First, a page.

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Old July 15th, 2005, 09:25   #59
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Join Date: May 2003
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Originally Posted by MadMorbius
Likewise, I don't tend to complain if my seemingly well-executed plan falls to pieces because someone on the other side devised and executed a counter-maneuver that I was unprepared for. Milsim teams playing with or in opposition to each other makes for a better (and evolving) milsim experience for those who enjoy it.
Getting owned by a well planned and executed strategy or counter strategy is always fun too. I think milsim is a lot of things to a lot of people but as Morb points out, it a mindset moreso than anything else. If the mindset is there the game usually morphs into something more military-like and compelling for those who wish to immerse or lose themselves in the fantasy of being an operator in a real situation (minus the pesky old death thing).

One problem that arises for me is when you mix milsimers with those who are clearly not milsimers, the non-milsimers tend to do things that break the fantasy - its not their fault necessarily, they aren't trying to participate in an immersive experience, they're there to have a bb fight, so thats where I think some of the differences occur during a gameplay that milsimers sometimes find frustrating. Take Meat's Vietnam era Ops. These operations are as much about (if not moreso) recreating the experience of being a solider in Vietnam, using airsoft guns is a way of making the experience more immersive and visceral, than it is about airsoft itself. Airsoft is secondary and subserviant to the illusion you're trying to foster! When wearing the right gear and submitting yourself to the mindset to the point where you speak think and talk the way you think it was like back then reenforces the quality of everyone elses experience.

I am not trying to piss on non-milsimers, its just when you have a clearly defined milsim game, its also a request for a mutual and consentual suspension of disbelief, like when we go to the movies. When that gets broken, milsimers tend to get testy.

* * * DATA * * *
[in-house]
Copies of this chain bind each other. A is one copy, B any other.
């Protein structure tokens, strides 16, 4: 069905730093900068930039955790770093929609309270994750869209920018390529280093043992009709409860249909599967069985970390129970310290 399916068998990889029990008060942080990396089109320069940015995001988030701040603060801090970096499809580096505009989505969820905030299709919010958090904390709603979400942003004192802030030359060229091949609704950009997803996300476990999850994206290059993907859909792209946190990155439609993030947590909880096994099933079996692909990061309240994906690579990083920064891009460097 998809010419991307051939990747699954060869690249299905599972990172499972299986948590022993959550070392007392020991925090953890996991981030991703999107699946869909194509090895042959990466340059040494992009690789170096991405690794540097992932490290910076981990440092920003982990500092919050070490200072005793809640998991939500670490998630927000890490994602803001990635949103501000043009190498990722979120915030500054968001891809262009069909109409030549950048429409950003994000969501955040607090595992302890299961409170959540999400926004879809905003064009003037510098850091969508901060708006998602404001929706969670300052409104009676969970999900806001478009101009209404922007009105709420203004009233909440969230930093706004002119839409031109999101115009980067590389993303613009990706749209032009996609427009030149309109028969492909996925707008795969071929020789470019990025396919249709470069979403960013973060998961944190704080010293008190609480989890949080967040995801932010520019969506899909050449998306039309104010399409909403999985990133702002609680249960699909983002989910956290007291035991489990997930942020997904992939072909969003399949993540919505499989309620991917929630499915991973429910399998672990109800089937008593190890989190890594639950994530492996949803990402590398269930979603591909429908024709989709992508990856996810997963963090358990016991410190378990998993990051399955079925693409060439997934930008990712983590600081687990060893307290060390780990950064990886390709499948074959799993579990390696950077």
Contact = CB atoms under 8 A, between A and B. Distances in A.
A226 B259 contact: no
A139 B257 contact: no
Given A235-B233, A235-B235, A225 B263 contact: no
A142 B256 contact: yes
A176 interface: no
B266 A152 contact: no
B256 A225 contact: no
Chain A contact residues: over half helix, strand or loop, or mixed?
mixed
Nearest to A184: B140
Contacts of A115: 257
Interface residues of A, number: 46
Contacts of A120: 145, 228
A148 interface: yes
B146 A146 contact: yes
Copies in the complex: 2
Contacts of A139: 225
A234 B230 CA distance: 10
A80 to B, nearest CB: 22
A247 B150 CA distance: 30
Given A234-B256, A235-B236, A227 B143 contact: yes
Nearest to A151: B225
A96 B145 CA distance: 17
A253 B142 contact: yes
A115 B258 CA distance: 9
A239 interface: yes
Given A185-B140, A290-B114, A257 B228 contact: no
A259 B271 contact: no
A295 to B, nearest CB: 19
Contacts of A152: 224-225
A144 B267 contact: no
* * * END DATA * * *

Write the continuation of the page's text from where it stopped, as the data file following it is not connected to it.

The colollery to this is that those who are not in the milsim mindset and don't understand what a milsim is trying to do see a milsimer as being 'hardcore' or 'overbearing' (due to giving orders) or just plain not fun to play with because of it.

Another characteristic in milsimers is aggression. Often times I think this is the core of misunderstanding between Wolfpack members and other players in the community. We train for and encourage aggression, and for better or for worse sometimes we come off wrong at a game, and those who observe it who don't know the context get upset with us. Then back at the safe area, we're helping people fix guns, doing field repairs on gear (I don't know how many times I've seen Morb helping someone with a piece of kit, or Gump ripping down someone's AEG, or me fixing a battery problem). I've seen people get geniunely confused over this dualism. When we recruit, we not only looking at someone's overall presentation, but we look for people who are geniunely friendly and helpful and who want to make the game better. Actually skills and physique are at the bottom of the list. Skills can be taught, and physique is well - I am about 40lbs overweight, but I hold my own. If we starting picking our players on physicial condition, three quarters of the team would not qualify! Yes, mindset is the primary evaluation criteria.
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